Sabrina & Corina by Kali Fajardo-Anstine One World, April 2 This debut story collection is one of my favorite discoveries so far of 2019. Set in and around Denver, Colorado and focusing on the stories of Indigenous Latinas, the world of Sabrina & Corina is one of desert vistas, desert grit, and desert women whose strength could topple the surrounding mountains. The relationships of the sisters, cousins, and friends in these stories are tender and intimate. Fajardo-Anstine brings us close to her characters and their histories, families, desires, and despairs. This is the kind of collection I want to give my best friend, my mom, my aunts, my female cousins. It celebrates female bonds and friendship even as it highlights the struggles of those same relationships and the pressures of the wild forces of love, economics, family ties, and the women’s own dreams. Tender, beautiful, and completely enveloping, this collection makes me very excited for Fajardo-Anstine’s first novel (also forthcoming from One World).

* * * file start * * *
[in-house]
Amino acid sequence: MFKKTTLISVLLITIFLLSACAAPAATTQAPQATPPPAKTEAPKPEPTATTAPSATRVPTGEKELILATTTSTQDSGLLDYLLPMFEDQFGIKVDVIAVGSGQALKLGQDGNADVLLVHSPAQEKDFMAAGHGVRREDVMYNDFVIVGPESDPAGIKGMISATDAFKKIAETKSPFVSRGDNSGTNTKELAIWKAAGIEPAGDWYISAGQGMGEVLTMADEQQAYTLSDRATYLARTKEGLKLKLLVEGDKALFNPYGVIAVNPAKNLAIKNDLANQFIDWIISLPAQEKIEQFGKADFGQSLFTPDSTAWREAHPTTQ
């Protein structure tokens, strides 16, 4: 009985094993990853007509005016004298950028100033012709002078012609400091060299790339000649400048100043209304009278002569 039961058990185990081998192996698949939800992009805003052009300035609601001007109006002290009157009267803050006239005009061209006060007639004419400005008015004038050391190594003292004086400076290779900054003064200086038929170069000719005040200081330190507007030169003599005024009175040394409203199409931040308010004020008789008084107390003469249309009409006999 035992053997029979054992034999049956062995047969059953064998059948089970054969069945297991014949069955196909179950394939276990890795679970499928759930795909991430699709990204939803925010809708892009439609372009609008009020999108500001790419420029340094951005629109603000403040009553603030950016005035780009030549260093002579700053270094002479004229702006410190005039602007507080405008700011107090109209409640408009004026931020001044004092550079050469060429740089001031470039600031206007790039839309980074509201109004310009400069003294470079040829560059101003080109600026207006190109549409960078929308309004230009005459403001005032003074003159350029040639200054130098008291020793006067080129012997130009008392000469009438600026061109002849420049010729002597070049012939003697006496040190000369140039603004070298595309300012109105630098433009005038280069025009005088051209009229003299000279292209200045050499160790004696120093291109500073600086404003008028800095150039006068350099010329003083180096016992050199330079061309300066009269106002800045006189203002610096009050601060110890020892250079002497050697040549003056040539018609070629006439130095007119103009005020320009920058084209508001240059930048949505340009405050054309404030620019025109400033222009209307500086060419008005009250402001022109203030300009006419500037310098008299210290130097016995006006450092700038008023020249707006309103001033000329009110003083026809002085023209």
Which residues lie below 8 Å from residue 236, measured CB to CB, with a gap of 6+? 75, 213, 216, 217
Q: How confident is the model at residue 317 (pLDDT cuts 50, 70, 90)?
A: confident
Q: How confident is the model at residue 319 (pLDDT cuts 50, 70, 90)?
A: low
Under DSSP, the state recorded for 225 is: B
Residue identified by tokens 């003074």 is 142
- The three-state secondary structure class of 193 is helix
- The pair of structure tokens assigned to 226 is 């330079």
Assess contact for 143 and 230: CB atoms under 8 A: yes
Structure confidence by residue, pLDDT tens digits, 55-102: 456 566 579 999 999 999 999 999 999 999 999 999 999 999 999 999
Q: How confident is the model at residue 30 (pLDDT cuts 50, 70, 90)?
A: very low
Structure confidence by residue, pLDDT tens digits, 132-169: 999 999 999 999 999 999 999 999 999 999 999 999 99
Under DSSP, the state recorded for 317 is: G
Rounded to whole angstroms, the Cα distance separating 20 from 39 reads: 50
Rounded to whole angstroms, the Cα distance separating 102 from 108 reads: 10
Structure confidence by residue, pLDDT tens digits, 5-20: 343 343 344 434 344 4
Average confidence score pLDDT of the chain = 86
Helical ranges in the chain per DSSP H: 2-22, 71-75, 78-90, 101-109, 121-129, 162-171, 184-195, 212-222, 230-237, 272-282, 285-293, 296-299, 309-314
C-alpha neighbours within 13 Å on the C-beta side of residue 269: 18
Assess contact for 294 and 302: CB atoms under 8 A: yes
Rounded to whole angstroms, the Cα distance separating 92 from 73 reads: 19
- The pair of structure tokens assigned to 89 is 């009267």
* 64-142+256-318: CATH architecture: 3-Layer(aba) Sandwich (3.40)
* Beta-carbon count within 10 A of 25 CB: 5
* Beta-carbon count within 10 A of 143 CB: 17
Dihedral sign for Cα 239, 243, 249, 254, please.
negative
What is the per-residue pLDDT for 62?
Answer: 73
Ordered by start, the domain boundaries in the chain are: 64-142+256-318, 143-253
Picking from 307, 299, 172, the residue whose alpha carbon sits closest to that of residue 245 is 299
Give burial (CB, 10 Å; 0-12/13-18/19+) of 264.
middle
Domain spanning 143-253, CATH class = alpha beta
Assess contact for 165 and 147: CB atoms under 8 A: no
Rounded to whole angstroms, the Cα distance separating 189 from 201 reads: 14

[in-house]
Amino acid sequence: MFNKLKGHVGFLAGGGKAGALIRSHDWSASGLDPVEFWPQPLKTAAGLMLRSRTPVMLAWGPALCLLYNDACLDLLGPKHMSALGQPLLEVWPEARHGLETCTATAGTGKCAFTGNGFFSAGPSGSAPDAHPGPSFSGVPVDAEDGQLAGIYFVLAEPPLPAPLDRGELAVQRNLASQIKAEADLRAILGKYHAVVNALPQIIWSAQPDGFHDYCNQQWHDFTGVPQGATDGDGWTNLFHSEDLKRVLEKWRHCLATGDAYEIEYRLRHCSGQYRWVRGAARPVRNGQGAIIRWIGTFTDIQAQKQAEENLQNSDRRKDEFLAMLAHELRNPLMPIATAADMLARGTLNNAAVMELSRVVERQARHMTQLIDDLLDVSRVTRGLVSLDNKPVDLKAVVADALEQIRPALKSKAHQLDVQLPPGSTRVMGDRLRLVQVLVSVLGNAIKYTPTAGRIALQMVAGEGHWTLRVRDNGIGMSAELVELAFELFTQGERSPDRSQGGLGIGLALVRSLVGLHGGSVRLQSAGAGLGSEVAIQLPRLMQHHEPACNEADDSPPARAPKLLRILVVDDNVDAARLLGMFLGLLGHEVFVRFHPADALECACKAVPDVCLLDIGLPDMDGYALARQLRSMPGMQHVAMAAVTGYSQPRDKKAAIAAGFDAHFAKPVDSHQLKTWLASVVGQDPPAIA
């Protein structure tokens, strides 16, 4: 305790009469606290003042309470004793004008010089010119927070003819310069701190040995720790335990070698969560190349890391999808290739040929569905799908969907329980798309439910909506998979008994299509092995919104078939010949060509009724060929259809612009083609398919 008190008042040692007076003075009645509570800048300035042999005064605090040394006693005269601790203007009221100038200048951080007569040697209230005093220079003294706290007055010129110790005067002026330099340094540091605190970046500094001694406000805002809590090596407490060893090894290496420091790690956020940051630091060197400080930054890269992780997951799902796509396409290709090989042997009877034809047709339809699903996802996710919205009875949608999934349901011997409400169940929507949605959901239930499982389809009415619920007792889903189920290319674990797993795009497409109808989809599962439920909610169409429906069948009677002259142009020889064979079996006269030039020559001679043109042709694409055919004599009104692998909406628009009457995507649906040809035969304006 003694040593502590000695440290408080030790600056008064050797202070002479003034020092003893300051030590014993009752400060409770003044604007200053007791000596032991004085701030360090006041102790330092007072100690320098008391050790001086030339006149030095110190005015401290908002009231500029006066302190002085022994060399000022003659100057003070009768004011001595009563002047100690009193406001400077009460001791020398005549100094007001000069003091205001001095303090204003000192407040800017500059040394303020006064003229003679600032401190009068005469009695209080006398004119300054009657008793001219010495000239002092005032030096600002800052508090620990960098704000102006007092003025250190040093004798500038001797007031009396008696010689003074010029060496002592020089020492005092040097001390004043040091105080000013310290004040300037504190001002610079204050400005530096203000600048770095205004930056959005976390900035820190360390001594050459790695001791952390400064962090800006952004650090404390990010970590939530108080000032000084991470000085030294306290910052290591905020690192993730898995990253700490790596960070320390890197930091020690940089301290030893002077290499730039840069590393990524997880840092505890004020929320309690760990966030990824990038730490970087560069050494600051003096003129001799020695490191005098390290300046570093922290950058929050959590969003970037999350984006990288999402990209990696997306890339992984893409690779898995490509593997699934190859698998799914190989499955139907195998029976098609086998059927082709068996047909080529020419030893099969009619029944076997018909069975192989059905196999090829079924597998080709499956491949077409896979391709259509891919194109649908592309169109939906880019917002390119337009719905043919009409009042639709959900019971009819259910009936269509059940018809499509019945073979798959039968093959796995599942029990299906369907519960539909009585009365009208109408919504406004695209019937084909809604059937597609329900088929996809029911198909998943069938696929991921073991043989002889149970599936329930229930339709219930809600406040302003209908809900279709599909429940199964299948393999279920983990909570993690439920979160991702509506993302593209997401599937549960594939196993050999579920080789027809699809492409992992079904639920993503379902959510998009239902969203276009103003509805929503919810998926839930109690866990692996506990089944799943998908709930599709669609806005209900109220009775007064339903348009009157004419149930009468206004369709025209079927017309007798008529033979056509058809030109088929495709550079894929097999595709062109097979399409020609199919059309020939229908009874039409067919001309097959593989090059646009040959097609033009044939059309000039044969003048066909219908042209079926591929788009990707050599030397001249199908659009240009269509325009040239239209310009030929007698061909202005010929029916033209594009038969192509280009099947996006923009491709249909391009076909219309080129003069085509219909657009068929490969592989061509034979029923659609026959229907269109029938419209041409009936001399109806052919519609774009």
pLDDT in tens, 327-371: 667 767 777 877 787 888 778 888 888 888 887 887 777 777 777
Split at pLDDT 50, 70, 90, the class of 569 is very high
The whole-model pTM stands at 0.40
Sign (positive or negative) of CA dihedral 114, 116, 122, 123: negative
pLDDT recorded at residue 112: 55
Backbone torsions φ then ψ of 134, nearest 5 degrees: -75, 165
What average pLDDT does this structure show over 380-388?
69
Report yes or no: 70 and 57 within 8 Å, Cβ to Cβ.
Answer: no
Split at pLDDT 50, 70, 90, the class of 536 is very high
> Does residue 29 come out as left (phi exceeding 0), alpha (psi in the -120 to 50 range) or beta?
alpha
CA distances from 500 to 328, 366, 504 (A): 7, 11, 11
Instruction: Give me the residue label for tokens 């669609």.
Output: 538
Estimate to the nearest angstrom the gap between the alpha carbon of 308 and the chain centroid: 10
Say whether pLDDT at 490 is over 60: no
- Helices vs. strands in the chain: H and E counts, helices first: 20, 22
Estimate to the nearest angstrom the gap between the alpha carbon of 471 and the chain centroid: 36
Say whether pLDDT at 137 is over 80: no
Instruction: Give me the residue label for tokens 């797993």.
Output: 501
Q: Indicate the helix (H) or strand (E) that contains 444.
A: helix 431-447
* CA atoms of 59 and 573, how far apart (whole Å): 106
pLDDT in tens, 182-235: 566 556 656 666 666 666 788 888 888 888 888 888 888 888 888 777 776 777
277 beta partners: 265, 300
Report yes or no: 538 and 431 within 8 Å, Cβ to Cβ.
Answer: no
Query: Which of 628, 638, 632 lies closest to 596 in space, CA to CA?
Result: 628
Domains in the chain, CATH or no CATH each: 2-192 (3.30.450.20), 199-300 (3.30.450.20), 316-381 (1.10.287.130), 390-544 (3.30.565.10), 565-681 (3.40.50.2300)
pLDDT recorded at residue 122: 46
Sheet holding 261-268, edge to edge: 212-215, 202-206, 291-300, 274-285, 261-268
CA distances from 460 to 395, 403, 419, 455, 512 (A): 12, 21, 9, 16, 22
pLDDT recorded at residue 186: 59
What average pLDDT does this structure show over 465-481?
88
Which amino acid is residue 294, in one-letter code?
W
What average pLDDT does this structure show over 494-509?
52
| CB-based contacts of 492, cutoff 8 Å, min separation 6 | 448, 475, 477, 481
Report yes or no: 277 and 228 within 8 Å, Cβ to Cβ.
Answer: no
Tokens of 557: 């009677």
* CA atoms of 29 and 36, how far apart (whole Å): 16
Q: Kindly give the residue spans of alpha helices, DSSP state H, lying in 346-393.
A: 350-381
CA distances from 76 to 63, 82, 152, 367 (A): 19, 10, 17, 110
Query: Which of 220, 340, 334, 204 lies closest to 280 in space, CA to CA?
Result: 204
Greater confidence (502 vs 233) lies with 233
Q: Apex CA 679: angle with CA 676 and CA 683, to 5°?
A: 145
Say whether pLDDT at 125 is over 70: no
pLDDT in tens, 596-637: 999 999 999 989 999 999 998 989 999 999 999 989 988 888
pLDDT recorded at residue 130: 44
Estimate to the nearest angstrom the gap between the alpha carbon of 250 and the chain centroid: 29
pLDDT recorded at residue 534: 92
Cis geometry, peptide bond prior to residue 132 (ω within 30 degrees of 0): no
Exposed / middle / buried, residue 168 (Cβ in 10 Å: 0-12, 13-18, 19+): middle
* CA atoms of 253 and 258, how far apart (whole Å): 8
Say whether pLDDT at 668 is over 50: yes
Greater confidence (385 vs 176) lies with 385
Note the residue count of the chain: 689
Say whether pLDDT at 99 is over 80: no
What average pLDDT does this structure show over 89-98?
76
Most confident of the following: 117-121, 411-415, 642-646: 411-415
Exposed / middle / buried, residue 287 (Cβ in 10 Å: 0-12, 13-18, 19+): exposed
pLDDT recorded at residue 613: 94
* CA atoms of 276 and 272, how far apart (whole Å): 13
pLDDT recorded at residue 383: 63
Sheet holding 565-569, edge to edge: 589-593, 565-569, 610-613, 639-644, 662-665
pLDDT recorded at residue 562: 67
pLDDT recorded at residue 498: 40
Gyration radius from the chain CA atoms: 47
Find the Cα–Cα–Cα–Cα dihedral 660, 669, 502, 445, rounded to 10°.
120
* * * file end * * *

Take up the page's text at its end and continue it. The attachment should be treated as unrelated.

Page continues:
On Earth We’re Briefly Gorgeous by Ocean Vuong Penguin Press, June 4 I’m going to say something that might get me in trouble here: poets are perfect novelists. Okay, okay, I’ll back off the grand and controversial generalizations, fine, but that’s how I felt reading Ocean Vuong’s On Earth We’re Briefly Gorgeous. Vuong’s debut poetry collection, Night Sky with Exit Wounds, was one of the most talked about books of 2017 and earned Vuong the T. S. Eliot Prize and a Whiting Award. Born outside of Saigon, Vuong and his family immigrated to the United States when he was a child. The reconciliation of one family’s Vietnamese past with their American present is at the core of this astounding new story, in which the horrors of war and addiction mix up with a mother’s love and a young man’s sexual awakening in prose that sings as it slashes across the page. There is a vitality in this language that buckles the reader to hard history while transcending the violence, giving us something more, something beautiful, a lily and a rose and young love, a way out of grief, all in the intimate form of a letter to a mother from her son. The sentences haunt me; their spectacular, searing images stopped me on the page and demanded I read them again, and then again. This is an absolutely remarkable work. I cannot wait for everyone to read it.